However, it was not through Pigafetta's writings that Europeans first learned of the circumnavigation of the globe. Rather, it was through an account written by a Flanders-based writer Maximilianus Transylvanus, which was published in 1523. Transylvanus had been instructed to interview some of the survivors of the voyage when Magellan's surviving ship, Victoria, returned to Spain in September 1522 under the command of Juan Sebastian Elcano. After Magellan and Elcano's voyage, Pigafetta utilized the connections he had made prior to the voyage with the Knights of Rhodes to achieve membership in the order.

The Relazione del primo viaggio intorno al mondo

Statue of Antonio Pigafetta in Vicenza

Antonio Pigafetta also wrote a book, in which a detailed account of the voyage was given.

Although the text is written in semi-chronological order, it does not read as a linear history of the voyage. Rather, it is a collection of descriptions, events, translations of foreign languages, thoughts, and illustrations. The resulting work is therefore described as being unusually personal for the times.[7]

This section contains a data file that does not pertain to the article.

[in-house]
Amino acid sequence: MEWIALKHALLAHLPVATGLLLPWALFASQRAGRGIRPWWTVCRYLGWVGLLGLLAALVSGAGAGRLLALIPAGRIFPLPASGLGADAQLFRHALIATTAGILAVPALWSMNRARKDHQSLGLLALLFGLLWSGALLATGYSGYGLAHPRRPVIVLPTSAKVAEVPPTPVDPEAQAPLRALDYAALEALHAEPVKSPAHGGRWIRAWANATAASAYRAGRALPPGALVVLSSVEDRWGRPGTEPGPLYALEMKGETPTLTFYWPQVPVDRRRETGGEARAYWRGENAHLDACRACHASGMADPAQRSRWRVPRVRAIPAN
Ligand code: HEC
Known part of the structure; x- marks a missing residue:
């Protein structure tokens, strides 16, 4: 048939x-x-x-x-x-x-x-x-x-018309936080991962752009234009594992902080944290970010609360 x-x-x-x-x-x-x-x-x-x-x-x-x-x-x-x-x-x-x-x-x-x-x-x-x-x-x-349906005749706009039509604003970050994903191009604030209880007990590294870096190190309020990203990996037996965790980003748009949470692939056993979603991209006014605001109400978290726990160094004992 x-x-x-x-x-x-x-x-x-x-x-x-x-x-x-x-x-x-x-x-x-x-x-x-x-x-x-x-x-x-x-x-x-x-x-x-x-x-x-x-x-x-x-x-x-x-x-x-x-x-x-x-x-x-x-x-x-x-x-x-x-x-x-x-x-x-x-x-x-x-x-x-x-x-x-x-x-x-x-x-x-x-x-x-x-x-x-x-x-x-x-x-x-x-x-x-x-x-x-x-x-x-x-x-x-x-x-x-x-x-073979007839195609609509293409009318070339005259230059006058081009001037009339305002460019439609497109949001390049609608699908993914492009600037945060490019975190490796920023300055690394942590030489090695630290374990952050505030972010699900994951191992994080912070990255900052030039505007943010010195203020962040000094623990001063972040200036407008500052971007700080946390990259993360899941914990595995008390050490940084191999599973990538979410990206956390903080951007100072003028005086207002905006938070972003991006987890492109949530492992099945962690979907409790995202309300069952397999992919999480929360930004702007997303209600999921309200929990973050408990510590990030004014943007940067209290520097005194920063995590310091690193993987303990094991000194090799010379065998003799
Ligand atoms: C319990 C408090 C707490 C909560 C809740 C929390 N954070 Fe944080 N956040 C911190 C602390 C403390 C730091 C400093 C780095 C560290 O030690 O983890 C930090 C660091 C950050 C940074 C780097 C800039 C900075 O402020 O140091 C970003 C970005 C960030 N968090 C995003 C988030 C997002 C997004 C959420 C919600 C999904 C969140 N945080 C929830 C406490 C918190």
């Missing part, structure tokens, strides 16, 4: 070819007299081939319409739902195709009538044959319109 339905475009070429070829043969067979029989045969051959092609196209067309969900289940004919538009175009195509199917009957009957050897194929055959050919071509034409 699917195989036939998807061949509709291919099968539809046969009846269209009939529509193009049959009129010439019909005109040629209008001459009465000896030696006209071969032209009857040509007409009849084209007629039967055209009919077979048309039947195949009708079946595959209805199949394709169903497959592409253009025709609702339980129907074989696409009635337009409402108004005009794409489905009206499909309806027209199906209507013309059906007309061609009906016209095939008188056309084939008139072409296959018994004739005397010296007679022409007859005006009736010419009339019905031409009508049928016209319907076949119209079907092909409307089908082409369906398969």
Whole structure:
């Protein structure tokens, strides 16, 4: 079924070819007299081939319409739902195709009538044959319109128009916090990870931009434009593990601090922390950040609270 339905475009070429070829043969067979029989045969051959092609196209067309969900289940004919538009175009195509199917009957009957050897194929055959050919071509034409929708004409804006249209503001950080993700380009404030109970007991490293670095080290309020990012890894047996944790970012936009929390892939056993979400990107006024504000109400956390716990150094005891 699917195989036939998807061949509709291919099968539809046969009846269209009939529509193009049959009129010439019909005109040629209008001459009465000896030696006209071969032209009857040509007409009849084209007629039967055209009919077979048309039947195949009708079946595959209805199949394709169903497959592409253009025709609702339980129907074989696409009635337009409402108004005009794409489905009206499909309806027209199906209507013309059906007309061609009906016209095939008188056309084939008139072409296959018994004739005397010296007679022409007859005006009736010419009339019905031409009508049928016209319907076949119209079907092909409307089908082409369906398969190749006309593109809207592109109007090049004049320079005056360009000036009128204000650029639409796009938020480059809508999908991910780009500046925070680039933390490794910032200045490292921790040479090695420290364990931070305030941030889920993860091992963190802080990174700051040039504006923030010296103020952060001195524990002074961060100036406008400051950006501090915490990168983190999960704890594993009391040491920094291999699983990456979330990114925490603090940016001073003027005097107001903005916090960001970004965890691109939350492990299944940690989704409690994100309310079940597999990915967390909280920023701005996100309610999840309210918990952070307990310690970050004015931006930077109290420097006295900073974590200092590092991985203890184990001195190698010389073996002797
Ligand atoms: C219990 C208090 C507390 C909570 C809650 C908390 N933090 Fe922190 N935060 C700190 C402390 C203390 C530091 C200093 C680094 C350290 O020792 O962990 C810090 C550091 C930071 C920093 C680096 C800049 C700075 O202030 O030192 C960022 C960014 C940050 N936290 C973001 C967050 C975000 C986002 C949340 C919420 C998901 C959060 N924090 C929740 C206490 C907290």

It is unclear when it was first published and what language had been used in the first edition, given that the original text was lost, though it is believed that it might have been written in the author's Venetian dialect, mixed with Spanish and Italian.[8] The remaining sources of his voyage were extensively studied by Italian archivist Andrea da Mosto, who wrote a critical study of Pigafetta's book in 1898 (Il primo viaggio intorno al globo di Antonio Pigafetta e le sue regole sull'arte del navigare[9]) and whose conclusions were later confirmed by J. Dénucé.[10]

Commemorative plaque placed in Cebu City, Philippines on the 500th anniversary of Magellan's and Pigafetta's arrival

Today, three printed books and four manuscripts survive. One of the three books is in French, while the remaining two are in the Italian language. Of the four manuscripts, three are in French (two stored in the Bibliothèque nationale de France and one in Cheltenham), and one in Italian.[10]